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Language classes for the ‘blocks’

Foreign language classes are headed to ‘blocks’ Barbados, says Minister of Youth and Community Empowerment, Adrian Forde.

While Prime Minister Mia Mottley is pressing for bilingual school children, language classes will be among those on offer as Forde’s ministry starts the second phase of its “Building Blocks” programme in January.

“We are introducing on every single block, a foreign language, because we believe that our young people must be able to communicate. As tourism is one of our major industries, we believe that they should be able to communicate with persons from outside of Barbados as well,” Forde said in an interview with Barbados TODAY.

The classes are among a raft of academic and vocational training programmes to be offered at community centres in a bid to steer youth away from crime and into gainful employment, said Forde.

Courses in soft economics, accounting, cell phone repairs, farming and community beautification are mere weeks away from implementation, the youth Minister said.

He said the plan is consistent with Government’s commitment to transform places, which are often negatively labelled, into safe spaces for young people to thrive.

“We realize that the safe spaces for those persons, are the blocks and using a soft approach rather than using the muscles of a police force or a defense force . . . and bulldoze those blocks, we recognize that young people feel a sense of entitlement for those safe spaces and they will rebuild. As you have seen in almost every community. Every time the police destroys a so-called ‘block’, in a matter of weeks they are back up and they are doing much the same.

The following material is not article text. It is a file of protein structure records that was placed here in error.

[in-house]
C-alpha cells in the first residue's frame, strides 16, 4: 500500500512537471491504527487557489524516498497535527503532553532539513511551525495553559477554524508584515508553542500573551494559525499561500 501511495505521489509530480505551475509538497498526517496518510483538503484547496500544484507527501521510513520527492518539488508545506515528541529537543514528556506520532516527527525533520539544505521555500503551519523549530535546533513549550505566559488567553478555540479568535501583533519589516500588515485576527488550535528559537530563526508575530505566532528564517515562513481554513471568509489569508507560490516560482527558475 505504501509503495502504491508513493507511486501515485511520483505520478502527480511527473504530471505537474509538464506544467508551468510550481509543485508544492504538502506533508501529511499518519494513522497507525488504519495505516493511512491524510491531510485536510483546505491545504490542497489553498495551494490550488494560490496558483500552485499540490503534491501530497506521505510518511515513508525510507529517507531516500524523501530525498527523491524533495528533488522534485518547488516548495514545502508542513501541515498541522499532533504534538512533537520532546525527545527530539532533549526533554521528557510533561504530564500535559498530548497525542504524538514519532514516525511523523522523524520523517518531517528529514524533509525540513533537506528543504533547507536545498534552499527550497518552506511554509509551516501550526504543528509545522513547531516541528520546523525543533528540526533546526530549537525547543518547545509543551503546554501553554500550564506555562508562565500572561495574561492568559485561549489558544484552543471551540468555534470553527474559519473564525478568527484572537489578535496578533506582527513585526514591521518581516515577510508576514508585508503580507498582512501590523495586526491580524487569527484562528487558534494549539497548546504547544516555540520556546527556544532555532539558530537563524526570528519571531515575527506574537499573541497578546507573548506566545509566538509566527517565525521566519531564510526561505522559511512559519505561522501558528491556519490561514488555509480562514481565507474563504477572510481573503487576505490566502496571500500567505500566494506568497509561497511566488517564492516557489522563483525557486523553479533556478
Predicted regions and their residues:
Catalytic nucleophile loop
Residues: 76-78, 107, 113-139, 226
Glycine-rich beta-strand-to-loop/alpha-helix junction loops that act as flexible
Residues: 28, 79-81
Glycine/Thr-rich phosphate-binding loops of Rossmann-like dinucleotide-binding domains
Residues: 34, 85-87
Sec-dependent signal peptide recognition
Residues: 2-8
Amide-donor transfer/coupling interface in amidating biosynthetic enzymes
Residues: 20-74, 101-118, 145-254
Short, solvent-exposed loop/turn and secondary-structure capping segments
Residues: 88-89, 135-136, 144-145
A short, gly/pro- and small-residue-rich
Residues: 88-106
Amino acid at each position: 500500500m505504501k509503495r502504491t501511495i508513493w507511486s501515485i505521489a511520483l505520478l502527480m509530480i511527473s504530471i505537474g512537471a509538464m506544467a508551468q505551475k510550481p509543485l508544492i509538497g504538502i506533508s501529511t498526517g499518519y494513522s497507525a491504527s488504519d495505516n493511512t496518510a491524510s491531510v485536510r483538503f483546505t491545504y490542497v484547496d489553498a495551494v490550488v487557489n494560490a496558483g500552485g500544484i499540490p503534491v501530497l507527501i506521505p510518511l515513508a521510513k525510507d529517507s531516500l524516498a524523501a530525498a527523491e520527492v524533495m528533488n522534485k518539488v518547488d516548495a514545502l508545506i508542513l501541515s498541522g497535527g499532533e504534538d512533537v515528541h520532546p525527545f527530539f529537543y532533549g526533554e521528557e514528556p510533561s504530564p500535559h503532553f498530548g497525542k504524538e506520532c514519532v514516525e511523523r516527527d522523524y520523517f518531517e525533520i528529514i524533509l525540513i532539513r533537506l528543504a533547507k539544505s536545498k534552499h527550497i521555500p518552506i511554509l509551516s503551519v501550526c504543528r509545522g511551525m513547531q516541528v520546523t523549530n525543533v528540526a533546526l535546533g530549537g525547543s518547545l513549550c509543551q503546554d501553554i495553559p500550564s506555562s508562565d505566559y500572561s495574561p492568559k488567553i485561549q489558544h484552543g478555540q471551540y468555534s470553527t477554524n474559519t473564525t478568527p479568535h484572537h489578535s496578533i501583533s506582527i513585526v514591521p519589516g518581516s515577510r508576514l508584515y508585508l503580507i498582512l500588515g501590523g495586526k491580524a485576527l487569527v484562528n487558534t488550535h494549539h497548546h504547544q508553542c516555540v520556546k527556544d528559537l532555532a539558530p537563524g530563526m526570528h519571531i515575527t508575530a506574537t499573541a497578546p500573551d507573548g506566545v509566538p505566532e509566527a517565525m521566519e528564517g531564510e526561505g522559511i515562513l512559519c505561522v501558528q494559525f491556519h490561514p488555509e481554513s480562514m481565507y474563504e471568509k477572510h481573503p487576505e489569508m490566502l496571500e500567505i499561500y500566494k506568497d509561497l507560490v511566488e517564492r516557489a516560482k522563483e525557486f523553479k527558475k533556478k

“So, what we’re saying is that we will change the mindset of the ‘block’ and make them ideal business centres,” he said. 

In the first phase, which has been completed, ministry officials and other interest groups were mapping and collecting data about some of the challenges faced by the young men and women who frequent the country’s blocks, and determine what their interests are, said Forde.

“There are a lot of persons on the block, who want to be involved in art and craft and we are saying that we are going to put the physical constructs in place for that business,” the Minister for youth and communities told Barbados TODAY.

“There are persons on the block who may want to be barbers, and we are going to make sure they have their barber (salon) right there on the block. If they are those who want to sell fruits and vegetables, there is going to be a space and a stall allocated for those persons.”

In addition, he declared that women will be catered for as well, “because we are not misogynists at the ministry . . . and we know that women frequent the blocks as well.”

With gun crime still pervading some districts, Forde also encouraged young people to take hold of their communities in a more positive way.

“When I speak to the young people in this country, my message is crystal clear. Stop the violence. Barbados can ill afford to be spending money as it relates to healthcare and our healthcare bill, because when a bullet leaves a gun, it doesn’t identify a victim. It can harm anybody, so it’s everyone’s problem . . . . We must put our hands to the plough in order to wrestle this problem . . . and I’m saying that the Building Blocks programme is just one way.

“Whatever these young people want to do, we are saying we are going to allow them, for the first time in their lives to put down the guns, the knives and the weapons of destruction and take up the tools of empowerment. Take up the tools to empower themselves so that they can make their own dollar and support themselves and their families, so that there will be an additional pool of disposable income,” he said. 

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